As you may be aware the political scene in the UK has been in turmoil since the referendum of June 23 delivered the surprise outcome that the UK will leave the European Union. Almost no one expected this result – not even those who had campaigned and voted for it. Some of those say they didn't mean it. Some say they now regret it. Some are delighted. The margin was small – 52% for leaving, but in a referendum that’s all you need – a simple majority. The vote wasn’t even across the country: While most of England & Wales voted to leave, London, along with Scotland and Northern Ireland voted strongly to remain. The Mayor of London, Sadiq Khan, issued a statement, saying to the European citizens in London 'you are welcome here. We value the enormous contribution you make to our city and that will not change as a result of this referendum' and went on to suggest London might want to become increasingly independent of the rest of the UK!
A misreading of the pre-vote mood based on the pro-remain majority in the capital was probably one of the main reasons that the London centric media and financial industry were so wrong-footed by the outcome.
Since the vote the political ramifications have been many and, in some cases, shocking. The Prime Minister, David Cameron announced that he would be standing down triggering a Conservative Party leadership election. Boris Johnson, ex-Mayor of London and a leading Brexit campaigner announced that he wouldn’t be running for the leadership as everyone expected - his campaign having been sabotaged by his close Brexit ally of a week ago, Michael Gove, who will now be running having spent the previous weeks telling everyone that he wasn’t leadership material! There has also been a rebellion against the Labour leader, Jeremy Corbyn, whose position is also now in doubt. This is real West Wing stuff - a political soap opera which both fascinates and appals!
There has been an upswing in reported incidents of racism in the days following the vote but they remain rare and all right thinking people will be working hard to make sure that the small and unpleasant minority behind such incidents are not allowed to use the pro-leave vote as providing legitimacy for expressing their unacceptable opinions. Generally, the shock of the result notwithstanding, people go about their daily lives much as before. London is still the same. Famously multi-cultural, cosmopolitan and international. 13 million people living in 600 square miles, an incredibly diverse, dynamic centre of culture, finance, politics and transport. The Queen continues to reign as she has done during 12 US presidencies. The Changing of the Guards continues, people socialise, the West End continues to show shows, Wimbledon is in full flight, the England football team still lose, people still don't talk to each other on the underground. Now we're just waiting to see what the next twists and turns in the political and economic saga might be.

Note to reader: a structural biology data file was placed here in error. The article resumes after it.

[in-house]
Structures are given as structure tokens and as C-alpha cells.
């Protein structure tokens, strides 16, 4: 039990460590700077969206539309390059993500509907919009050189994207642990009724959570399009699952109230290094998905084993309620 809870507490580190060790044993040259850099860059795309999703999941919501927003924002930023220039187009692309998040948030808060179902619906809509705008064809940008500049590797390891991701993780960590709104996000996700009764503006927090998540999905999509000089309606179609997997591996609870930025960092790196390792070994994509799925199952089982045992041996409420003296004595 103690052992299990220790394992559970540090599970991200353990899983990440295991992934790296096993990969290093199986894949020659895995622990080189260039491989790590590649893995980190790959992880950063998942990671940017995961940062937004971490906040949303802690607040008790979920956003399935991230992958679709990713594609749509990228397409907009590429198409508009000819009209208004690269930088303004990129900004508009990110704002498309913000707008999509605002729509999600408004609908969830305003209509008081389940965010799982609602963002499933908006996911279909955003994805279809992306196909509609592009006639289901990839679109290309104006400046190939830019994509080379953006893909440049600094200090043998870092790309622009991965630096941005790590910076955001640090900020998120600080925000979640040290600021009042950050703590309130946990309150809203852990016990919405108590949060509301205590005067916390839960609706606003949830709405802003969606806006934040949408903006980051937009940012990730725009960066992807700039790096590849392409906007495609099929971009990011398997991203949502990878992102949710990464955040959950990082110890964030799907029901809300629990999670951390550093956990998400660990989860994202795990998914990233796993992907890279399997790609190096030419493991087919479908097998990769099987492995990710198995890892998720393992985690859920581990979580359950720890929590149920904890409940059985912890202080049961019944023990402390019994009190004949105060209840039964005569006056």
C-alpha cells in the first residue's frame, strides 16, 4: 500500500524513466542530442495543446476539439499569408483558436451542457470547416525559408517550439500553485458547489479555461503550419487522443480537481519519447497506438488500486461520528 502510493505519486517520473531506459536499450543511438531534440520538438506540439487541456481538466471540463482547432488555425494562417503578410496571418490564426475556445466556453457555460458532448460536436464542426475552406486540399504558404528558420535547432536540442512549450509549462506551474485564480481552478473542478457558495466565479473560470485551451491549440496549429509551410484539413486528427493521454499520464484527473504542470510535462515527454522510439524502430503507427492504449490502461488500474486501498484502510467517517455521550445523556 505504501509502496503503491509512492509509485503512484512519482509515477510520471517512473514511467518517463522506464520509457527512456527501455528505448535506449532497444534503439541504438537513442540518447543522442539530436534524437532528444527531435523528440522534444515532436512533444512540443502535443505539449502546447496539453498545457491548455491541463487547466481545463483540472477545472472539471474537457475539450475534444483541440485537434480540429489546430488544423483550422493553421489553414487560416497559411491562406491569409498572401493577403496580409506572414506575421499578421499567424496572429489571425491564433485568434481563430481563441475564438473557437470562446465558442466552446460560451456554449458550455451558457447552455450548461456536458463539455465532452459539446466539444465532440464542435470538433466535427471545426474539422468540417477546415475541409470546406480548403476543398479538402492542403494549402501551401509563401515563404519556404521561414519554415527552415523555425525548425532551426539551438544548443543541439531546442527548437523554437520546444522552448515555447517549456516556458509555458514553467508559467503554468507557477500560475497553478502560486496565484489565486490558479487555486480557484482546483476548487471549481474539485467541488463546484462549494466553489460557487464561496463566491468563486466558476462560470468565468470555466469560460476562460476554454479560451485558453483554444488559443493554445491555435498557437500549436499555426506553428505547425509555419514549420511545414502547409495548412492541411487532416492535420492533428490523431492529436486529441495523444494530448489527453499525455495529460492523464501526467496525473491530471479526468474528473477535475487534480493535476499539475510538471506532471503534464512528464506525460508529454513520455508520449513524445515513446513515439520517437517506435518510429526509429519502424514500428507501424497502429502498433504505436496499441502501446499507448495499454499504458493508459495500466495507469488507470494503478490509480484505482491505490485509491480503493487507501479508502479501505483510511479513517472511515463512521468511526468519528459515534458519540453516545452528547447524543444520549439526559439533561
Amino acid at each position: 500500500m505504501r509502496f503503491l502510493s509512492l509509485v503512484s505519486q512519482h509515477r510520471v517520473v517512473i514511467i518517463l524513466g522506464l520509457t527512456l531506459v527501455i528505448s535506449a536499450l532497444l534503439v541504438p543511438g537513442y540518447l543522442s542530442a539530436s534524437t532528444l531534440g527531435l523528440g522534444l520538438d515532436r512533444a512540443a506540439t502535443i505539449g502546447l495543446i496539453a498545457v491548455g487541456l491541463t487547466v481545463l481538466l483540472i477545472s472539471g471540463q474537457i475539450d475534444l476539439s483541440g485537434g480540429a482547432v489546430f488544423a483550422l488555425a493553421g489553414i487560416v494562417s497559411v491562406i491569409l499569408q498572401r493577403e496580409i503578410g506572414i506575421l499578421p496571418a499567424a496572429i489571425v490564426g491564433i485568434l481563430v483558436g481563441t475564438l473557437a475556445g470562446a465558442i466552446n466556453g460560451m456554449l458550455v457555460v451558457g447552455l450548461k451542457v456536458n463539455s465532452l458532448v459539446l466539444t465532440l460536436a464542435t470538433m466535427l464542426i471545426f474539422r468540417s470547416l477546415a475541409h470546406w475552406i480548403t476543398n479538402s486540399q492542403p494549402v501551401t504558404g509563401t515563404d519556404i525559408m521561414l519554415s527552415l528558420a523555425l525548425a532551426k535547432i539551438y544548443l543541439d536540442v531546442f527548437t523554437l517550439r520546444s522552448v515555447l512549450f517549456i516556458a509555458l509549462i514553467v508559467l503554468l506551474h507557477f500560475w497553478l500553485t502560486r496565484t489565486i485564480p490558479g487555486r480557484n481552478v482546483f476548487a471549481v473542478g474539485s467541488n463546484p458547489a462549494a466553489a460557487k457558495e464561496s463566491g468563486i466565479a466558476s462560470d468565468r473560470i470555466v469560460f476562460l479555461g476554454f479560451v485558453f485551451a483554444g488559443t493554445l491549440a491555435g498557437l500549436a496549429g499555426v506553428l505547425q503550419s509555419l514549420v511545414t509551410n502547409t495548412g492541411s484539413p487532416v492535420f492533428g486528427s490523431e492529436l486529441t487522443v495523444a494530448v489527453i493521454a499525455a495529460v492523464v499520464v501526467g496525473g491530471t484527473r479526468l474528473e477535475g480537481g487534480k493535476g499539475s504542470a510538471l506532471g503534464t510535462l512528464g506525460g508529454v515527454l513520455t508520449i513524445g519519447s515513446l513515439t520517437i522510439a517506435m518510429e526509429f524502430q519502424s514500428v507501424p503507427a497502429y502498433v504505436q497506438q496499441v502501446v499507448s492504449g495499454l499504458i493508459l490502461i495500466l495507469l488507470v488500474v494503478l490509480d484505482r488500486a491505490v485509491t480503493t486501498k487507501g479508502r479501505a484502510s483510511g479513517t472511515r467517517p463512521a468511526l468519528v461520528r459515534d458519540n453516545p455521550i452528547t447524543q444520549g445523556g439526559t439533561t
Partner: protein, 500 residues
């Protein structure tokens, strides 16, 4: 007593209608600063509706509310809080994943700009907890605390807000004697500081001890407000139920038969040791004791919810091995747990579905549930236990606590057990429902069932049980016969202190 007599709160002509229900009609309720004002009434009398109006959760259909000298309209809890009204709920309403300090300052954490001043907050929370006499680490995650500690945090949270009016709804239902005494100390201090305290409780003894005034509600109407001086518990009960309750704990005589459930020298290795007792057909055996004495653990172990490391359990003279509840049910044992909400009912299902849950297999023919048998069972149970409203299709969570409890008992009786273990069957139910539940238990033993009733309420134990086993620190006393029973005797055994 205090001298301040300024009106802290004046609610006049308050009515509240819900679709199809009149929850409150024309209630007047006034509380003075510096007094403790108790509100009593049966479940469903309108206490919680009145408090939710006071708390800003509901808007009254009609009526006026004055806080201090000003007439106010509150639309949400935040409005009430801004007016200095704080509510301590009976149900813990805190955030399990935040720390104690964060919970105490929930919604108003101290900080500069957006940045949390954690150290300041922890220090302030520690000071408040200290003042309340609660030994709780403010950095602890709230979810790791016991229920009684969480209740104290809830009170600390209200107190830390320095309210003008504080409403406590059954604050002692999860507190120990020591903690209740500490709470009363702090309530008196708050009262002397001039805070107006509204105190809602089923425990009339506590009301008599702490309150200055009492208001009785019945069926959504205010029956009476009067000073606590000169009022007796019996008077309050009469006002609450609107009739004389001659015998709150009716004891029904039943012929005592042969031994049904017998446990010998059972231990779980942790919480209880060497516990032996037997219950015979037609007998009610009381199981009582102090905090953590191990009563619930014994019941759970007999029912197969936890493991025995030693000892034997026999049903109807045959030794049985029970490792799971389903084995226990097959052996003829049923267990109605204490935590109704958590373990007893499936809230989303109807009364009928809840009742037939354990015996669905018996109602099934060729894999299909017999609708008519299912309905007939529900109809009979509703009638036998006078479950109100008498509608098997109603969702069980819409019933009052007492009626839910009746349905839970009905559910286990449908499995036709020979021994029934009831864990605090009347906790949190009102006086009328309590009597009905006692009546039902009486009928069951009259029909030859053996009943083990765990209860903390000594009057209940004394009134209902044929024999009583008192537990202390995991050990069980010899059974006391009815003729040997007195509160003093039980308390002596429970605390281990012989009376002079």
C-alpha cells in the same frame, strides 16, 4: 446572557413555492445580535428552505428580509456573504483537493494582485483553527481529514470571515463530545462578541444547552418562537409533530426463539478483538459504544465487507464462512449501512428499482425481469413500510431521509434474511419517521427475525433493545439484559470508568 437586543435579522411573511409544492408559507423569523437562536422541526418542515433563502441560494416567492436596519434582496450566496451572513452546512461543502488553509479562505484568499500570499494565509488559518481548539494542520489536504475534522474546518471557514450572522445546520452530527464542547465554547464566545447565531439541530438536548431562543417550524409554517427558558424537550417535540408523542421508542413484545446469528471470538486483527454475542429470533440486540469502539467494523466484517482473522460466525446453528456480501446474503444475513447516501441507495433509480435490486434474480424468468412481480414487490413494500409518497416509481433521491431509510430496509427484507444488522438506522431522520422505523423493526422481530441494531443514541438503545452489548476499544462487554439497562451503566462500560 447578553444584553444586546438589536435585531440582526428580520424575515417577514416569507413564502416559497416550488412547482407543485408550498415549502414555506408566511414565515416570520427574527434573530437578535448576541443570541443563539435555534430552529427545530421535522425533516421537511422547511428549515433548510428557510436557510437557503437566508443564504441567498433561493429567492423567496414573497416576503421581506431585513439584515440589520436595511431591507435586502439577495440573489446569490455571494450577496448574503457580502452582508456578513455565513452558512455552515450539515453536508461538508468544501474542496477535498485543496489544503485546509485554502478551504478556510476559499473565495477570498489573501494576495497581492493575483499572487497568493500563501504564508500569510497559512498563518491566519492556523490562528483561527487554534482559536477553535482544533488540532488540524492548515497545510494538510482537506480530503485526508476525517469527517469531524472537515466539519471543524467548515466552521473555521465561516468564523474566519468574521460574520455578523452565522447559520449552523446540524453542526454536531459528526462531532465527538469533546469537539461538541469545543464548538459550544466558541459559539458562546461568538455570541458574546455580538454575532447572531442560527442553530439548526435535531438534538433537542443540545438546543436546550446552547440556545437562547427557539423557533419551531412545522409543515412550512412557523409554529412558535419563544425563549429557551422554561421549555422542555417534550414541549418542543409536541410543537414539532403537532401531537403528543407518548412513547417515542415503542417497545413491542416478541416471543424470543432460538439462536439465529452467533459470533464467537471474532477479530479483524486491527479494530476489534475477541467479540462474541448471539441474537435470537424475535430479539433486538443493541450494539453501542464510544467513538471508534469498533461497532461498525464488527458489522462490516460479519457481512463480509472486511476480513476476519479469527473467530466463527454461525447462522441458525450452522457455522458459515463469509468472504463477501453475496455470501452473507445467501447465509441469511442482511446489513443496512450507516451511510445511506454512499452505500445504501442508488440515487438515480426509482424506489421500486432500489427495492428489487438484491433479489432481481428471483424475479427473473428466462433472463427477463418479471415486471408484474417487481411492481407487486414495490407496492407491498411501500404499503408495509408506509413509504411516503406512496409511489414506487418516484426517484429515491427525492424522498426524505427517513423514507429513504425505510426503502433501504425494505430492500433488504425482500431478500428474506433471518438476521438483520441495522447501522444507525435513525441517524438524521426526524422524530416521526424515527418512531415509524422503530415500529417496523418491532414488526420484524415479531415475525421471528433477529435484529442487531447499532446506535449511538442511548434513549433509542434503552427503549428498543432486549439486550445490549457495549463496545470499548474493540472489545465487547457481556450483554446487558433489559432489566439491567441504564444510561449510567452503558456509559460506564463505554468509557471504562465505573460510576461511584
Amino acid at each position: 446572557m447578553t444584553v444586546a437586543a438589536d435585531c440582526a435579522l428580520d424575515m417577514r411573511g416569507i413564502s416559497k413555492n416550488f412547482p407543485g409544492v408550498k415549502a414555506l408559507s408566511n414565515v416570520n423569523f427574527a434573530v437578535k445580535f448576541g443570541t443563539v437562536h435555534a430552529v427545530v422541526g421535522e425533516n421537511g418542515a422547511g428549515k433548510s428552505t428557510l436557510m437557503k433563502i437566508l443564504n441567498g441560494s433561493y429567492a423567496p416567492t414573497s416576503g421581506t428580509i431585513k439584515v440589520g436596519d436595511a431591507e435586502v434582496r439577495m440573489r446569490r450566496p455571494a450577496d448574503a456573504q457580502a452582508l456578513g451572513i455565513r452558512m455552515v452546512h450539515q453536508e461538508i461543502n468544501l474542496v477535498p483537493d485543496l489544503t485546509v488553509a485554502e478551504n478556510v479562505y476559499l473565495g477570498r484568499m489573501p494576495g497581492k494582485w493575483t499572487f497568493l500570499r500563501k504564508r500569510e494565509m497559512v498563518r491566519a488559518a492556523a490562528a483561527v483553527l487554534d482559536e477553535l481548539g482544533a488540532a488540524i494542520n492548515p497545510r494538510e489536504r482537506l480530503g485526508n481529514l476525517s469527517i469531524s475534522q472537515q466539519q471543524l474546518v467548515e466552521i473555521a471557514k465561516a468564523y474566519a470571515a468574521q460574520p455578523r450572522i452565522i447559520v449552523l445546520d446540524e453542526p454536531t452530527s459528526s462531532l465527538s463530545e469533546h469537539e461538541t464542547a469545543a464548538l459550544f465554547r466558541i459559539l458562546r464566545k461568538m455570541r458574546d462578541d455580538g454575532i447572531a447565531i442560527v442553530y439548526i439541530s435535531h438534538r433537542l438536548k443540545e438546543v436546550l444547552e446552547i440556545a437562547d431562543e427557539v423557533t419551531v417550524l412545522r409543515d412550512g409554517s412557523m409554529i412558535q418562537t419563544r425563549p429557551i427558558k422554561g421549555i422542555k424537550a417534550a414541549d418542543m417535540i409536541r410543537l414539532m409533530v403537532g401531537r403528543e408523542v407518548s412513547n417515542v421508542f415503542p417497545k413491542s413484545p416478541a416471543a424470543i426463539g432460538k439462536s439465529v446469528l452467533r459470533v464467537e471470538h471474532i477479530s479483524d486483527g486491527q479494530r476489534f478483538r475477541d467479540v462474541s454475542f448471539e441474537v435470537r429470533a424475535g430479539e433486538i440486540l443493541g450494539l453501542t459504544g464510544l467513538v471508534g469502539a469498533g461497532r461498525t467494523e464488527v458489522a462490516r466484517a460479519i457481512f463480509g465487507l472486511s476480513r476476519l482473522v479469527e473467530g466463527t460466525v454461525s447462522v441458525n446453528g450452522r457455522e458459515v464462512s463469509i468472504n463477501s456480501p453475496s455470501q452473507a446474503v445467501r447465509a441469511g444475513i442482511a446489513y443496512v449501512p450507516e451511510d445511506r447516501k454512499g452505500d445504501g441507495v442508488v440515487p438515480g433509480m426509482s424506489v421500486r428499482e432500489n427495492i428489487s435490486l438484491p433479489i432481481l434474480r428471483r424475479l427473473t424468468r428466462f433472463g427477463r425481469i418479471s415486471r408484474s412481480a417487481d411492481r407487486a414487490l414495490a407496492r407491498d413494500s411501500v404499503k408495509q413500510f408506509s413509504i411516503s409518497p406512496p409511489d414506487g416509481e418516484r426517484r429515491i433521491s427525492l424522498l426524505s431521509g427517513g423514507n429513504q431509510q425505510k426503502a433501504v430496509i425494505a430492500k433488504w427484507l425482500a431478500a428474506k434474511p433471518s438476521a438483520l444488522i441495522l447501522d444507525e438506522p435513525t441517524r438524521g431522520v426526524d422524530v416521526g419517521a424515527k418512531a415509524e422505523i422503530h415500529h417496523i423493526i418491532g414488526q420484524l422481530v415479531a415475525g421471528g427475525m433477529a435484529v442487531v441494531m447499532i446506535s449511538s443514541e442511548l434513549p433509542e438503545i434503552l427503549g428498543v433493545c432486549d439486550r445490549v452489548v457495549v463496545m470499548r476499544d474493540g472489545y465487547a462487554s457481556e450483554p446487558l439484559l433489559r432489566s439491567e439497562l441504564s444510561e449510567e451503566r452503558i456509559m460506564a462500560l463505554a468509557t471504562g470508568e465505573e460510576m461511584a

The most obvious immediate repercussion is that the drop in the value of the pound means that your spending money will go significantly farther – obviously no bad thing! Will there be any impact on your getting here or your ability to travel around Europe once you are here? As things stand, no. We’ve voted to leave but leaving is going to take a long time – absolute minimum of two years – think a really, really, messy divorce! Who knows what will happen between now and then – there will certainly be a general election here and at least one political party will run on a ticket of having another referendum! Others are challenging the legality of the referendum as a trigger for constitutional change. Scotland are likely to seek a new referendum for independence.
Has there ever been a more fascinating time to Study Abroad here I ask myself?